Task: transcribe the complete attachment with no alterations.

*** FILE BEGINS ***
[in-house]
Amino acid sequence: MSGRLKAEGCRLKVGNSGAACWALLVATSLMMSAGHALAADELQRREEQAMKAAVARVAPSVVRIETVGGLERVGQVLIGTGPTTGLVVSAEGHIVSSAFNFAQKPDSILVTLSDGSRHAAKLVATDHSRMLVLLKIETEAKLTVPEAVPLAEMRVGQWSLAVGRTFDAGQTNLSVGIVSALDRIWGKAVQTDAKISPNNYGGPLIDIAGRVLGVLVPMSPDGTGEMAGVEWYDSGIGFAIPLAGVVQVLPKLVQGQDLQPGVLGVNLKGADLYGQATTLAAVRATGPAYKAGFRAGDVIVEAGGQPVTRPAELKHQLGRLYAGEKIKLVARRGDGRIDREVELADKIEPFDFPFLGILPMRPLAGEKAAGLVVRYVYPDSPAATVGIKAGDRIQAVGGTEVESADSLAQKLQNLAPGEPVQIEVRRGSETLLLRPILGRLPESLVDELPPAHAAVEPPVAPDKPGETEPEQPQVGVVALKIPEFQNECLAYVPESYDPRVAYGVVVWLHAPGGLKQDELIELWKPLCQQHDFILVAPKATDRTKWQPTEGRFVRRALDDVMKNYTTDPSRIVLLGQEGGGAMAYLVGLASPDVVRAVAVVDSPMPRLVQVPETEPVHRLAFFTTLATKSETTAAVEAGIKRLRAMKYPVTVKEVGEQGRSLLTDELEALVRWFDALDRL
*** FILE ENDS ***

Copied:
[in-house]
Amino acid sequence: MSGRLKAEGCRLKVGNSGAACWALLVATSLMMSAGHALAADELQRREEQAMKAAVARVAPSVVRIETVGGLERVGQVLIGTGPTTGLVVSAEGHIVSSAFNFAQKPDSILVTLSDGSRHAAKLVATDHSRMLVLLKIETEAKLTVPEAVPLAEMRVGQWSLAVGRTFDAGQTNLSVGIVSALDRIWGKAVQTDAKISPNNYGGPLIDIAGRVLGVLVPMSPDGTGEMAGVEWYDSGIGFAIPLAGVVQVLPKLVQGQDLQPGVLGVNLKGADLYGQATTLAAVRATGPAYKAGFRAGDVIVEAGGQPVTRPAELKHQLGRLYAGEKIKLVARRGDGRIDREVELADKIEPFDFPFLGILPMRPLAGEKAAGLVVRYVYPDSPAATVGIKAGDRIQAVGGTEVESADSLAQKLQNLAPGEPVQIEVRRGSETLLLRPILGRLPESLVDELPPAHAAVEPPVAPDKPGETEPEQPQVGVVALKIPEFQNECLAYVPESYDPRVAYGVVVWLHAPGGLKQDELIELWKPLCQQHDFILVAPKATDRTKWQPTEGRFVRRALDDVMKNYTTDPSRIVLLGQEGGGAMAYLVGLASPDVVRAVAVVDSPMPRLVQVPETEPVHRLAFFTTLATKSETTAAVEAGIKRLRAMKYPVTVKEVGEQGRSLLTDELEALVRWFDALDRL